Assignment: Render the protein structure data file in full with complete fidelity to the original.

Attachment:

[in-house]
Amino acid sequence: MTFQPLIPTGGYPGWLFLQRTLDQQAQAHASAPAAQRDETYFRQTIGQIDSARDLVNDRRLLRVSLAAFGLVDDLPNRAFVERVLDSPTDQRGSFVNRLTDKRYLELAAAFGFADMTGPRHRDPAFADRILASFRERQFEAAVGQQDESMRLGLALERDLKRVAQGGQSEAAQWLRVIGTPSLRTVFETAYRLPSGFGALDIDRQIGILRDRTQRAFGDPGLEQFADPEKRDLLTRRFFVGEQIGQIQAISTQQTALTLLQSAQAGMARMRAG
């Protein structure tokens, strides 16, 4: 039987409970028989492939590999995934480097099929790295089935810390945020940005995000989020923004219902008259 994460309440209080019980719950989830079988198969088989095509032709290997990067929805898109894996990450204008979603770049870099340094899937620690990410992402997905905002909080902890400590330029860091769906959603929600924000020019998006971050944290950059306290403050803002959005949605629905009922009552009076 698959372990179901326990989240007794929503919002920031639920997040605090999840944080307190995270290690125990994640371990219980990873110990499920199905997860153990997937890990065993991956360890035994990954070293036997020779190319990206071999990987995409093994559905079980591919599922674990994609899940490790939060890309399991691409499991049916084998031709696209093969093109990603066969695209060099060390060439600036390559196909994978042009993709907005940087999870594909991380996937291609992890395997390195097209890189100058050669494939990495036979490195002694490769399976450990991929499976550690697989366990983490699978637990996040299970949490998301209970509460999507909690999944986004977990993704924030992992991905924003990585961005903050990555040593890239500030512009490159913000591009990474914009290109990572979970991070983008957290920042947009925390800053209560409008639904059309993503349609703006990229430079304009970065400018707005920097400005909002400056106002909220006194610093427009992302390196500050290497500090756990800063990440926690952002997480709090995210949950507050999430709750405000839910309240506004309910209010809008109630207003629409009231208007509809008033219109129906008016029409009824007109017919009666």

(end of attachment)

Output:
[in-house]
Amino acid sequence: MTFQPLIPTGGYPGWLFLQRTLDQQAQAHASAPAAQRDETYFRQTIGQIDSARDLVNDRRLLRVSLAAFGLVDDLPNRAFVERVLDSPTDQRGSFVNRLTDKRYLELAAAFGFADMTGPRHRDPAFADRILASFRERQFEAAVGQQDESMRLGLALERDLKRVAQGGQSEAAQWLRVIGTPSLRTVFETAYRLPSGFGALDIDRQIGILRDRTQRAFGDPGLEQFADPEKRDLLTRRFFVGEQIGQIQAISTQQTALTLLQSAQAGMARMRAG
């Protein structure tokens, strides 16, 4: 039987409970028989492939590999995934480097099929790295089935810390945020940005995000989020923004219902008259 994460309440209080019980719950989830079988198969088989095509032709290997990067929805898109894996990450204008979603770049870099340094899937620690990410992402997905905002909080902890400590330029860091769906959603929600924000020019998006971050944290950059306290403050803002959005949605629905009922009552009076 698959372990179901326990989240007794929503919002920031639920997040605090999840944080307190995270290690125990994640371990219980990873110990499920199905997860153990997937890990065993991956360890035994990954070293036997020779190319990206071999990987995409093994559905079980591919599922674990994609899940490790939060890309399991691409499991049916084998031709696209093969093109990603066969695209060099060390060439600036390559196909994978042009993709907005940087999870594909991380996937291609992890395997390195097209890189100058050669494939990495036979490195002694490769399976450990991929499976550690697989366990983490699978637990996040299970949490998301209970509460999507909690999944986004977990993704924030992992991905924003990585961005903050990555040593890239500030512009490159913000591009990474914009290109990572979970991070983008957290920042947009925390800053209560409008639904059309993503349609703006990229430079304009970065400018707005920097400005909002400056106002909220006194610093427009992302390196500050290497500090756990800063990440926690952002997480709090995210949950507050999430709750405000839910309240506004309910209010809008109630207003629409009231208007509809008033219109129906008016029409009824007109017919009666």